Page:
The Minneapolis Star Tribune recently published an article covering the return of pharmacist Tom SenGupta’s well-known political conversations. Once held after hours at a St. Paul Schneider Drug, a pharmacy SenGupta owned and operated from 1972 to 2015, the new public forum will be held at the Common Table and hosted by Augsburg College’s Sabo Center for Democracy and Citizenship. SenGupta’s conversations were known for their rational tone and the makeup of their participants, which ranged from former Sen. Paul Wellstone and other local politicians, to university professors and the general public.
At a recent planning meeting, SenGupta and his partners decided upon the first topic for the talks, which will be held Thursday, January 21, with a discussion of the legacy of slavery in America. “America is a mature society now. Can we finally confront our history of slavery?” SenGupta asked.
Known for his friendly, inspirational demeanor, the former pharmacist intends to let those who show up for the talks decide what their outcomes will be and what future work they will inspire. He does hope that the new round of discussions will be more bipartisan, saying, “Oh, we had plenty of Republicans come, but not Republican candidates. I invited them, but they never came.”
Read: A welcome return of drug-store democracy on the Star Tribune site.
Michael Lansing, associate professor of history at Augsburg College, recently was interviewed on Prairie Pulse, a program on Prairie Public Television. Lansing is the author of “Insurgent Democracy: The Nonpartisan League in North American Politics,” which examines both the history of the Nonpartisan League and its lasting effects on politics and community organizing. In the 25-minute interview, Lansing speaks about the genesis of the book, his research process, women’s involvement in the League, and many other topics.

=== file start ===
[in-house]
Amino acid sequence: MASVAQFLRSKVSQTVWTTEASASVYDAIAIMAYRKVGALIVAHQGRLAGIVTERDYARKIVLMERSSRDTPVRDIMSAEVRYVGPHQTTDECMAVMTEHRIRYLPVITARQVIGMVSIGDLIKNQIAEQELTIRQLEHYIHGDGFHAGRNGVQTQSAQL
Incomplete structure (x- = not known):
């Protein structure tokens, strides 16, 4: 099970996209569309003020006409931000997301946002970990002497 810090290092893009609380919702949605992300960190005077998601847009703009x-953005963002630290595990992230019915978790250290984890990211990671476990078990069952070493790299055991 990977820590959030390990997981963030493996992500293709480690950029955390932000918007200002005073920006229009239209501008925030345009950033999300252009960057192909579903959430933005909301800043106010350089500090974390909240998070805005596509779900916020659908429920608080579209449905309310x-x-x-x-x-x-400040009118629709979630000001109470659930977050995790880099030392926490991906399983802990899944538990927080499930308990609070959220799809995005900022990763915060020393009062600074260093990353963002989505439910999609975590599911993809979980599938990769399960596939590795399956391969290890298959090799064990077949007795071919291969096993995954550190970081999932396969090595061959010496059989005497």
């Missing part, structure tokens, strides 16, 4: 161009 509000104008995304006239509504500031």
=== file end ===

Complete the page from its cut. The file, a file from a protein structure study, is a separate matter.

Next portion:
Watch: Prairie Pulse 1308: Michael Lansing on Prairie Public Broadcasting’s YouTube channel.
By Wendi Wheeler ’06
Imagine writing one play every day for a year. Also imagine the challenges presented to 14 actors each playing several roles in 54 plays presented in one evening. That is the task of the cast of Suzan-Lori Parks’ 365 Days/365 Plays, directed by Augsburg theater professor Martha Johnson.
In the fall of 2002, Pulitzer-prize winning playwright Suzan-Lori Parks decided to take on the challenge of writing one play a day for a full year. 365 Days/365 Plays is the successful result, featuring 365 short plays exploring such divergent topics as sex, war, fairy tales, Indian mythology, American historical figures, love, politics, race, contemporary celebrities—and numerous other issues from American life. Continue reading “Theater department takes on the challenges of Suzan-Lori Parks' 365 Days/365 Plays”
Katelyn Danelski ’12 [right] spent the fall semester studying at the Center for Global Education center in Windhoek, Namibia. The following is her reflection on the experience, written after her return to Minnesota.
“How was your trip,” people ask me. “I hope you had a good time,” they say. This past semester spent studying abroad in southern Africa with 14 other university students was so much more than just a “trip” or a “good time.” It was a life-changing set of experiences. Homestays, speakers, traveling, classes, and conversations all took me and others to new places and perspectives on spiritual, geographical, and personal levels. Continue reading “A reflection from Namibia”